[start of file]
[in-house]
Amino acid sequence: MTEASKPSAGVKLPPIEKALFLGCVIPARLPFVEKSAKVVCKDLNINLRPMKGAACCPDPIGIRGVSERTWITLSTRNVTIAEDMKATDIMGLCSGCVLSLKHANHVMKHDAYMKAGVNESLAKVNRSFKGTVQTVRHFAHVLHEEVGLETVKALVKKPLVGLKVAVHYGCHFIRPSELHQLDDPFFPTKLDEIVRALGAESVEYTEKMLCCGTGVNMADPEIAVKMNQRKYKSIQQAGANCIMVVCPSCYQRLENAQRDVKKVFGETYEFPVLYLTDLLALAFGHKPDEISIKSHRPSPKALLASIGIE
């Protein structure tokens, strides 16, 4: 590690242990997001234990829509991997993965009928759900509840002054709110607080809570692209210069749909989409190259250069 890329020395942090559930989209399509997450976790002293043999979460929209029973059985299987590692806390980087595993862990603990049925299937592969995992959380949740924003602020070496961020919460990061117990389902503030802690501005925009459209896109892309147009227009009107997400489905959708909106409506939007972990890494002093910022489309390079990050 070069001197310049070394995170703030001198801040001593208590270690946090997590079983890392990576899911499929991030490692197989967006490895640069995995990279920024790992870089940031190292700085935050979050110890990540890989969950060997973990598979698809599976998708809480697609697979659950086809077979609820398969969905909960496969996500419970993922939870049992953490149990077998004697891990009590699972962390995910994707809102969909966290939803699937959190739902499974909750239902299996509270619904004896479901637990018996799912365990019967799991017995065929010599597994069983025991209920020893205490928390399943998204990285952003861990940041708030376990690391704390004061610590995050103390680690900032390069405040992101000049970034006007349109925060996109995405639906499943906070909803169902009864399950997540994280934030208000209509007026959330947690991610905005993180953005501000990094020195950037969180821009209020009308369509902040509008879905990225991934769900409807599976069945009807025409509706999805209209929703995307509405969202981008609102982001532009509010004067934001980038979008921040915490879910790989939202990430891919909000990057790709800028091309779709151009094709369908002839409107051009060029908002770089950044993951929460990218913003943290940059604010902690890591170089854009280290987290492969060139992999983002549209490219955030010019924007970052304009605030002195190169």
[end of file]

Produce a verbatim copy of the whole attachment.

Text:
[in-house]
Amino acid sequence: MTEASKPSAGVKLPPIEKALFLGCVIPARLPFVEKSAKVVCKDLNINLRPMKGAACCPDPIGIRGVSERTWITLSTRNVTIAEDMKATDIMGLCSGCVLSLKHANHVMKHDAYMKAGVNESLAKVNRSFKGTVQTVRHFAHVLHEEVGLETVKALVKKPLVGLKVAVHYGCHFIRPSELHQLDDPFFPTKLDEIVRALGAESVEYTEKMLCCGTGVNMADPEIAVKMNQRKYKSIQQAGANCIMVVCPSCYQRLENAQRDVKKVFGETYEFPVLYLTDLLALAFGHKPDEISIKSHRPSPKALLASIGIE
């Protein structure tokens, strides 16, 4: 590690242990997001234990829509991997993965009928759900509840002054709110607080809570692209210069749909989409190259250069 890329020395942090559930989209399509997450976790002293043999979460929209029973059985299987590692806390980087595993862990603990049925299937592969995992959380949740924003602020070496961020919460990061117990389902503030802690501005925009459209896109892309147009227009009107997400489905959708909106409506939007972990890494002093910022489309390079990050 070069001197310049070394995170703030001198801040001593208590270690946090997590079983890392990576899911499929991030490692197989967006490895640069995995990279920024790992870089940031190292700085935050979050110890990540890989969950060997973990598979698809599976998708809480697609697979659950086809077979609820398969969905909960496969996500419970993922939870049992953490149990077998004697891990009590699972962390995910994707809102969909966290939803699937959190739902499974909750239902299996509270619904004896479901637990018996799912365990019967799991017995065929010599597994069983025991209920020893205490928390399943998204990285952003861990940041708030376990690391704390004061610590995050103390680690900032390069405040992101000049970034006007349109925060996109995405639906499943906070909803169902009864399950997540994280934030208000209509007026959330947690991610905005993180953005501000990094020195950037969180821009209020009308369509902040509008879905990225991934769900409807599976069945009807025409509706999805209209929703995307509405969202981008609102982001532009509010004067934001980038979008921040915490879910790989939202990430891919909000990057790709800028091309779709151009094709369908002839409107051009060029908002770089950044993951929460990218913003943290940059604010902690890591170089854009280290987290492969060139992999983002549209490219955030010019924007970052304009605030002195190169």